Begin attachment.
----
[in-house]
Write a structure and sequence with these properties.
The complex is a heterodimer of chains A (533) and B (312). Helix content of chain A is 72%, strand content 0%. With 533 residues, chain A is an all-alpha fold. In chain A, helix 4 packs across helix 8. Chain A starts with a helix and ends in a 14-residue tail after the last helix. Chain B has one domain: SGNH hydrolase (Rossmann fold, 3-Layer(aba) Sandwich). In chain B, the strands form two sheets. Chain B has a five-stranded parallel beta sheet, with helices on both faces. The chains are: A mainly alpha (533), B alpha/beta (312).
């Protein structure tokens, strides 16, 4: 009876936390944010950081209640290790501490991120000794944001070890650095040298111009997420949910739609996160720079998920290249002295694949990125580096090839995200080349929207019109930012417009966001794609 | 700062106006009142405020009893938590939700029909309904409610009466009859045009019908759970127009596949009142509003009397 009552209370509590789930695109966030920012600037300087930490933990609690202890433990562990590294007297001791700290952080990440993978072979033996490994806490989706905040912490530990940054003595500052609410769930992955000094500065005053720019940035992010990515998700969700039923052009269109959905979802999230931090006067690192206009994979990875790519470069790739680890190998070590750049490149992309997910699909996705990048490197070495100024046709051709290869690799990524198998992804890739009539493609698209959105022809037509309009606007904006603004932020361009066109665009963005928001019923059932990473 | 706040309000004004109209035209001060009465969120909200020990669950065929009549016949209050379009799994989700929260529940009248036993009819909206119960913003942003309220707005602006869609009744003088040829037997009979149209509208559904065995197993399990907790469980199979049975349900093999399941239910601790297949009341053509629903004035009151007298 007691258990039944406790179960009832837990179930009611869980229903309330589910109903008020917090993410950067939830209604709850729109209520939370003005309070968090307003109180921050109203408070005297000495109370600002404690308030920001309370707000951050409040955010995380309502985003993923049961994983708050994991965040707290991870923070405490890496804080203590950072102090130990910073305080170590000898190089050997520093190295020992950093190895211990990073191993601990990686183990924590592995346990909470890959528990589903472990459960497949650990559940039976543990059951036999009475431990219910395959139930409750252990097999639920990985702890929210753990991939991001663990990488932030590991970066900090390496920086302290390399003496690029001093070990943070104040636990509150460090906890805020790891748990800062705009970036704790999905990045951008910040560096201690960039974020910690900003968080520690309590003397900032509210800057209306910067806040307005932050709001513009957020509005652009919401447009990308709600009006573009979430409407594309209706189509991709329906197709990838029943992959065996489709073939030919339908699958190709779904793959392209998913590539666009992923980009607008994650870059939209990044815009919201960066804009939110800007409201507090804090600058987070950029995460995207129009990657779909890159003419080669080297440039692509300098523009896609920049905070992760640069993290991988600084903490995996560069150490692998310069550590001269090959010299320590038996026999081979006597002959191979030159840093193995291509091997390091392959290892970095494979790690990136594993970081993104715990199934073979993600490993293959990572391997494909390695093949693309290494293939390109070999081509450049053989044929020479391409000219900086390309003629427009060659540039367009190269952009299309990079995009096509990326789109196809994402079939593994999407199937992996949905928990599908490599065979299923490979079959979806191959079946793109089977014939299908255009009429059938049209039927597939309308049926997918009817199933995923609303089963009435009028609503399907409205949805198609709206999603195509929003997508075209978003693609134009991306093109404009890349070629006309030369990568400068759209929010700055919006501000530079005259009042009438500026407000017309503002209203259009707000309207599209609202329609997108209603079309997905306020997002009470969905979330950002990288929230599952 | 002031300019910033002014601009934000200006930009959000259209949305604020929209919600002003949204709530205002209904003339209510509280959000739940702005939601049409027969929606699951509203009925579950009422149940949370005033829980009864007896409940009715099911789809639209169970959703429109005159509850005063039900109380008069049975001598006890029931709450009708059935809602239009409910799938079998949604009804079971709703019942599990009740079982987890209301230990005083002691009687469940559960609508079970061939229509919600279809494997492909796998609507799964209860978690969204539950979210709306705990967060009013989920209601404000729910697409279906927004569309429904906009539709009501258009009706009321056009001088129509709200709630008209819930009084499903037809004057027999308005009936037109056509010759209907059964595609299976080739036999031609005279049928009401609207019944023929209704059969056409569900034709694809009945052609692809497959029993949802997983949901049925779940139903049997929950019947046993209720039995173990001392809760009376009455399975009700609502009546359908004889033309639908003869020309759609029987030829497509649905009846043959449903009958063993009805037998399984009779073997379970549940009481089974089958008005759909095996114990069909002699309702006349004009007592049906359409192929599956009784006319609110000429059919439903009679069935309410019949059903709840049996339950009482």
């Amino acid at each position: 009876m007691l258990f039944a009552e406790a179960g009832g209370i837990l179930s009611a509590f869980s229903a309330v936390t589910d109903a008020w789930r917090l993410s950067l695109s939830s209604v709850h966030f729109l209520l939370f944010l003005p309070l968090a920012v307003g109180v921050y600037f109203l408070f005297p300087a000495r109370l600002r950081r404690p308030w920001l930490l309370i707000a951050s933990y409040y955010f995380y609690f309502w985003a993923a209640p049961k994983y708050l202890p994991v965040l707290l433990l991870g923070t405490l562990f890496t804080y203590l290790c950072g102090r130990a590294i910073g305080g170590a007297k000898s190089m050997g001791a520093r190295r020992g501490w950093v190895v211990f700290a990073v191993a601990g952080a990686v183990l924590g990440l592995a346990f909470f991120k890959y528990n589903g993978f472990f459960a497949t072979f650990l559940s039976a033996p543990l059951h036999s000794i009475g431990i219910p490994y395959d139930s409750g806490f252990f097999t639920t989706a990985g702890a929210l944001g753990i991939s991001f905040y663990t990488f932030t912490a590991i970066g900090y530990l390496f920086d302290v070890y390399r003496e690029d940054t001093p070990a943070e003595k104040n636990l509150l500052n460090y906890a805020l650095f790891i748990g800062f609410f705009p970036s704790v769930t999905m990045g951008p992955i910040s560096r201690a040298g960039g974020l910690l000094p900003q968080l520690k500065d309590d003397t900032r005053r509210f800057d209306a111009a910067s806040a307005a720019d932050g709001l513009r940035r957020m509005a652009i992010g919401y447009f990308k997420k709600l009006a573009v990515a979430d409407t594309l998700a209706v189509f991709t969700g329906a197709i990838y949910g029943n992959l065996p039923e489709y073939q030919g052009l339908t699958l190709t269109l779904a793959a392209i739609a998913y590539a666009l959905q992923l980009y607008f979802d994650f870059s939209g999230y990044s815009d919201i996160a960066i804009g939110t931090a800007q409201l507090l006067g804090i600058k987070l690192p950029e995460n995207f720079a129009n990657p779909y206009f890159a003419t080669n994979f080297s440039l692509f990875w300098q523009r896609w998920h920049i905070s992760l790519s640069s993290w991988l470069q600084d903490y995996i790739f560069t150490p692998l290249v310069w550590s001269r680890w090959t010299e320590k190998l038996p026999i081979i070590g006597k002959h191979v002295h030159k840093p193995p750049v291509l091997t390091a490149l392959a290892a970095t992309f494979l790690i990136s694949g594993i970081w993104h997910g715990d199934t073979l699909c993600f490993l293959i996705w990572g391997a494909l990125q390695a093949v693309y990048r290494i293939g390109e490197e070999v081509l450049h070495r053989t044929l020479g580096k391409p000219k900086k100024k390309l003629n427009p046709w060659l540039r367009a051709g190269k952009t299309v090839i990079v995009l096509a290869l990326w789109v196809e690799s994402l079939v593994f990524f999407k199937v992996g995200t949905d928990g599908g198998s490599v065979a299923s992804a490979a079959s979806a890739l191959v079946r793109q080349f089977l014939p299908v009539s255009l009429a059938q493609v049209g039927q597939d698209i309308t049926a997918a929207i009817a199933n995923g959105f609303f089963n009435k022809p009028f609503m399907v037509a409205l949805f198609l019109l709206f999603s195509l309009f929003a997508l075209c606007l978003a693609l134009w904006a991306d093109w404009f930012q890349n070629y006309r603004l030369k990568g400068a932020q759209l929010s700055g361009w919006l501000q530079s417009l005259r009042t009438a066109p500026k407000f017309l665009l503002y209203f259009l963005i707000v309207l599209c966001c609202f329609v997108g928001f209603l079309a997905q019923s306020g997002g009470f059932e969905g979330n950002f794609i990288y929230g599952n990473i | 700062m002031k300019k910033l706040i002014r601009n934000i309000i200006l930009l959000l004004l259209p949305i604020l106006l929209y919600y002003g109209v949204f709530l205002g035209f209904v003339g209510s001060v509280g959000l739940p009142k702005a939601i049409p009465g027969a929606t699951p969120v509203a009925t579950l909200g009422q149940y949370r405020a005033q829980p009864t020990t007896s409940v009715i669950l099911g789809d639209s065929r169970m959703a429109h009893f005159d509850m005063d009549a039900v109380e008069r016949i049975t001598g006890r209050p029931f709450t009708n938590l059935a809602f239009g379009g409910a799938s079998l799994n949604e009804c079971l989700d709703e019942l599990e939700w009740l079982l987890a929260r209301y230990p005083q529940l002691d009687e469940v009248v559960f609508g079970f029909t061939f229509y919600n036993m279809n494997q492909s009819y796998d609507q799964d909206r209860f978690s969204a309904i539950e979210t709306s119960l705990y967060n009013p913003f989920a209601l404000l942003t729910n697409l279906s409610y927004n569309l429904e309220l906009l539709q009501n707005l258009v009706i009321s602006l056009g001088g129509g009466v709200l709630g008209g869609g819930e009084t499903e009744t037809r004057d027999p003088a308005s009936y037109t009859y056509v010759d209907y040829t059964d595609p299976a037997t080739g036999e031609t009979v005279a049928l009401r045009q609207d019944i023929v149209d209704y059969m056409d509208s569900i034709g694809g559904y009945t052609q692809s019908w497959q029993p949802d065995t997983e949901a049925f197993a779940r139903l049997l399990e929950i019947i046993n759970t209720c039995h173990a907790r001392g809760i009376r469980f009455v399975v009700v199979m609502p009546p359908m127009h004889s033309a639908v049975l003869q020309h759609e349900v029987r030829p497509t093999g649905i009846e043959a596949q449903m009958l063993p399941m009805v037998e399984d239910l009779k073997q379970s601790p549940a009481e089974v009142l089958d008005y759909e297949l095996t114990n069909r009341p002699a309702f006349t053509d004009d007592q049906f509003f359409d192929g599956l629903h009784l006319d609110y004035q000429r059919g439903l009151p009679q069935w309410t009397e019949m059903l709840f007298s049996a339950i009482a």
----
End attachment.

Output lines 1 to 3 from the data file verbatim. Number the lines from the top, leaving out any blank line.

[in-house]
Write a structure and sequence with these properties.
The complex is a heterodimer of chains A (533) and B (312). Helix content of chain A is 72%, strand content 0%. With 533 residues, chain A is an all-alpha fold. In chain A, helix 4 packs across helix 8. Chain A starts with a helix and ends in a 14-residue tail after the last helix. Chain B has one domain: SGNH hydrolase (Rossmann fold, 3-Layer(aba) Sandwich). In chain B, the strands form two sheets. Chain B has a five-stranded parallel beta sheet, with helices on both faces. The chains are: A mainly alpha (533), B alpha/beta (312).